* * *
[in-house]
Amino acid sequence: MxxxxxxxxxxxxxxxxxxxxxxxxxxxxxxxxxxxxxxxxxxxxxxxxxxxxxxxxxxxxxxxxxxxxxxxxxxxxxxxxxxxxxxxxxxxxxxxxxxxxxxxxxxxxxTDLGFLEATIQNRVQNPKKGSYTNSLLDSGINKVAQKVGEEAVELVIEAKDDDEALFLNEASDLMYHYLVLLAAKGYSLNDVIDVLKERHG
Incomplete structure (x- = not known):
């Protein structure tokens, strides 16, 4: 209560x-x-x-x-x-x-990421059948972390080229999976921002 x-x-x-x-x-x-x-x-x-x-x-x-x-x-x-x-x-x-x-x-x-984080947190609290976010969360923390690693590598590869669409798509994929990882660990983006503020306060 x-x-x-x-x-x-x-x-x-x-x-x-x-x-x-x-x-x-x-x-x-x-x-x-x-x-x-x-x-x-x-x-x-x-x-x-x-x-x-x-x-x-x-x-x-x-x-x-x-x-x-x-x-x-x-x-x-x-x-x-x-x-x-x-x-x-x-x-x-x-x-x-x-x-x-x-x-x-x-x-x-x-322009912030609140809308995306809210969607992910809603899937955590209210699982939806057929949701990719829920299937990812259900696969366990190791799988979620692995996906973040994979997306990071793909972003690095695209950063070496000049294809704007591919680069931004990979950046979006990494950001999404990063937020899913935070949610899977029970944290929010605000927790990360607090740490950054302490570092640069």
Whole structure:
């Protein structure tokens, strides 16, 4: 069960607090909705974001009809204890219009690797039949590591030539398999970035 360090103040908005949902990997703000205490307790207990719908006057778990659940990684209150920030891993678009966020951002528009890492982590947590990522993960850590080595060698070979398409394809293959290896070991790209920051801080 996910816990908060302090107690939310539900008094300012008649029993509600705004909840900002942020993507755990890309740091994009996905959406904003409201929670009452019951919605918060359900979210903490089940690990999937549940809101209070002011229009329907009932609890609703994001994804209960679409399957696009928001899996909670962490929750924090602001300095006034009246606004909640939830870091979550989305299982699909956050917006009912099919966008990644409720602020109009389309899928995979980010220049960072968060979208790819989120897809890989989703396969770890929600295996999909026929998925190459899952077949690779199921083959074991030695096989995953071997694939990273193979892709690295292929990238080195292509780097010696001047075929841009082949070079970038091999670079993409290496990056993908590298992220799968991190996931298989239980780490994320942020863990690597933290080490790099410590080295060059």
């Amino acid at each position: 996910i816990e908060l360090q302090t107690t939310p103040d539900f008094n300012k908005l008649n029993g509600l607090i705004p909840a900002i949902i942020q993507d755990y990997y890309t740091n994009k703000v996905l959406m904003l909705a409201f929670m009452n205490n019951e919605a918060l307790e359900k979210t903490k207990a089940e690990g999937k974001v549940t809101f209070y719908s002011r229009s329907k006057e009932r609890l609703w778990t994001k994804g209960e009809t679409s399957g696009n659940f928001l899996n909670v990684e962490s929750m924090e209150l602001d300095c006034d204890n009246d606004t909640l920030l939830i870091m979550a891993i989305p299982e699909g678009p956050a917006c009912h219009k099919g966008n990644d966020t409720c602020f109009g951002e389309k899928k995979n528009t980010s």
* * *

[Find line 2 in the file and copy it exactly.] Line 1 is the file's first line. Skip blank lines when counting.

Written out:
Amino acid sequence: MxxxxxxxxxxxxxxxxxxxxxxxxxxxxxxxxxxxxxxxxxxxxxxxxxxxxxxxxxxxxxxxxxxxxxxxxxxxxxxxxxxxxxxxxxxxxxxxxxxxxxxxxxxxxxTDLGFLEATIQNRVQNPKKGSYTNSLLDSGINKVAQKVGEEAVELVIEAKDDDEALFLNEASDLMYHYLVLLAAKGYSLNDVIDVLKERHG